Eggs were given to all the children and godchildren. Unmarried girls exchanged eggs with the eligible young men in the community. A few eggs were placed in coffins to be ready in case someone died. Several were kept in the home to protect from fire and storms. Two or three were placed in the trough or the stables so the animals would have many young. One egg was placed under each beehive and one was saved for each grazing animal to be taken out to the fields with the shepherds in the spring. An egg with wheat symbols was placed at the start of the first furrow lowed and another at the end of the last. A bride would take an egg to her marriage ceremony in her skirt and on returning home, drop it saying. “Let me bear the child as easily as the egg falls.”
If that didn’t work, the husband might receive an egg with a rooster on it or an oak leaf.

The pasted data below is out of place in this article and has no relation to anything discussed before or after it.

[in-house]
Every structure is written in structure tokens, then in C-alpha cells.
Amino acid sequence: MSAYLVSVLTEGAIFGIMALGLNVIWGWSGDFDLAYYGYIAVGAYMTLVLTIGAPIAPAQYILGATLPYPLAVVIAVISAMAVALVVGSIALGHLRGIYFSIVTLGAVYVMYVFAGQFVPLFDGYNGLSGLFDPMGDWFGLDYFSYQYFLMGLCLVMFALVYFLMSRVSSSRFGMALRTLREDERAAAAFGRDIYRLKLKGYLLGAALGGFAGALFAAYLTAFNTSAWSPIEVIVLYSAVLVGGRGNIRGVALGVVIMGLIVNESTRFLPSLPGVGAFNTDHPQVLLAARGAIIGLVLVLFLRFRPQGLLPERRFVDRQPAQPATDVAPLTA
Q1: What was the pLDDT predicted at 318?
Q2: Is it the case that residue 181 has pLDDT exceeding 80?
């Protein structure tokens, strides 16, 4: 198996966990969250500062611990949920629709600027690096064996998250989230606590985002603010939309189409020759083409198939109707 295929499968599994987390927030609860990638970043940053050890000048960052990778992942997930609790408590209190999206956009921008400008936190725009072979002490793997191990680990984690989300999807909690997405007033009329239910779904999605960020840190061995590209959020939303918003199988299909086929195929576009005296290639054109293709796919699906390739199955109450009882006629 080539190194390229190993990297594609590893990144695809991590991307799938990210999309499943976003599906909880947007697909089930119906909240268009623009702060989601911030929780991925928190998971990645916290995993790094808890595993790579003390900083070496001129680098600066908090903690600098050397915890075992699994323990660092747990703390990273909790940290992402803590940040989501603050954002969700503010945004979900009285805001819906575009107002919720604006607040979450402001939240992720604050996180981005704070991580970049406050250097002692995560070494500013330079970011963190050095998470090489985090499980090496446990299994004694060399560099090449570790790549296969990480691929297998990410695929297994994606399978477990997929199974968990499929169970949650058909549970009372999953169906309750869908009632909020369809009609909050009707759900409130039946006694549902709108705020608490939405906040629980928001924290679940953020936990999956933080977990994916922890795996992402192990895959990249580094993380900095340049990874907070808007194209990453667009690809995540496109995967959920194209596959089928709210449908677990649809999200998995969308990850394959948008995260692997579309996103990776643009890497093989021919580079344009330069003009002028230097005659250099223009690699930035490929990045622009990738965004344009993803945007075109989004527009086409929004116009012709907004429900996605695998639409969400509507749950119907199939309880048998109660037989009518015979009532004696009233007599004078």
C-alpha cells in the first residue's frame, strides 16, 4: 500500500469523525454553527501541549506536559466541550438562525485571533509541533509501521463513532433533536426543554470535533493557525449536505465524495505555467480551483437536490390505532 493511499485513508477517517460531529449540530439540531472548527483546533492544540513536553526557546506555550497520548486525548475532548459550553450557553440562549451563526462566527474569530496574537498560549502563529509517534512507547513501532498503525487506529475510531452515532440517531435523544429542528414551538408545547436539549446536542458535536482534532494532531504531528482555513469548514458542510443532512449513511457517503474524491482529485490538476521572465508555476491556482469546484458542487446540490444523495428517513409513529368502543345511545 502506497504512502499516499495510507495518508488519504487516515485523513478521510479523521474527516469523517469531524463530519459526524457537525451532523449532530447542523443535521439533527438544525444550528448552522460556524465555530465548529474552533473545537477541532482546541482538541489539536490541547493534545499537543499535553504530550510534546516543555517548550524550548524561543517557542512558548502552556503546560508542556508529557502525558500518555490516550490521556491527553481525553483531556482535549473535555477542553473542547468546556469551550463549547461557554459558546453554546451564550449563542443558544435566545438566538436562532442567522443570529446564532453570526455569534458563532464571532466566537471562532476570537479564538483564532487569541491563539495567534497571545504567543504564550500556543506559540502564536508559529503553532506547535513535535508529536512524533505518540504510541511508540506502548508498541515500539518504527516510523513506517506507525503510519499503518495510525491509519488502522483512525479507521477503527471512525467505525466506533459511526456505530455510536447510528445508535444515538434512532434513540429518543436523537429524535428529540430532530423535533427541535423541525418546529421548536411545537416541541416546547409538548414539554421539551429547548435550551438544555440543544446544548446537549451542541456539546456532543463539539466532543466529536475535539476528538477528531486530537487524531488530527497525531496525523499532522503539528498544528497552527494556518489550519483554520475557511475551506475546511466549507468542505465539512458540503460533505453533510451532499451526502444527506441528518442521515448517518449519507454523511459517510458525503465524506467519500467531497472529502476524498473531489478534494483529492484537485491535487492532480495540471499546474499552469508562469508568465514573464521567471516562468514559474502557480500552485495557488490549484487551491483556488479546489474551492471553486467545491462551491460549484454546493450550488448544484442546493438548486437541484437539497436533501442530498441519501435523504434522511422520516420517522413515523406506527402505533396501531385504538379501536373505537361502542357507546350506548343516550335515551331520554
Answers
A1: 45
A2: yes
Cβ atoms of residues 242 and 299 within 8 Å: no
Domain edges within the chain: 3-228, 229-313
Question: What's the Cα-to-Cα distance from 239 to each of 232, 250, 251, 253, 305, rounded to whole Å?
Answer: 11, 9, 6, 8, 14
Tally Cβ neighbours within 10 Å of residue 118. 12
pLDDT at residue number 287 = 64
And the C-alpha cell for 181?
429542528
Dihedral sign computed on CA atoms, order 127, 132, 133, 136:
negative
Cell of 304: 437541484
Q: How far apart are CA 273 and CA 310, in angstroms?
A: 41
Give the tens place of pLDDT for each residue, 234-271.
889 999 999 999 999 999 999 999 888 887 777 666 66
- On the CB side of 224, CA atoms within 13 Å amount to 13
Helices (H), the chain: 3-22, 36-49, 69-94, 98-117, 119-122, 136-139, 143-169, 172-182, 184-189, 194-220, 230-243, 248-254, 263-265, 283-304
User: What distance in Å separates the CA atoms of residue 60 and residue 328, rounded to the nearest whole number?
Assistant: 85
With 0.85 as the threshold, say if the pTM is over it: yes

Every aspect of making the egg was important from the colors chosen to the designs. The most ancient and widely used symbol was the sun. Certain eggs, covered with symbols of water, flowers, growing plants and little wings, were used to “call spring.” Other eggs, called “noise insect eggs” depicted birds singing, crickets and the chirping noise of the forest to invoke the sounds of spring. Here’s a list of some symbols. You will find many more in the books by Anne Kmit and her co-authors.
- Star Success
- Birds Spring, good harvest & pushing away evil
- Hearts Love
- Fruits, vegetables, wheat Good harvest
- Flowers Beauty and children
- Spiders Healing powers and good luck
- Animals, especially deer Prosperity and wealth
- Ladders (given to older people) Moving to a new level of existence
- 40 triangles (a traditional pattern) Wishes for the many facets of family life
- Circle Protection
- A “call spring” egg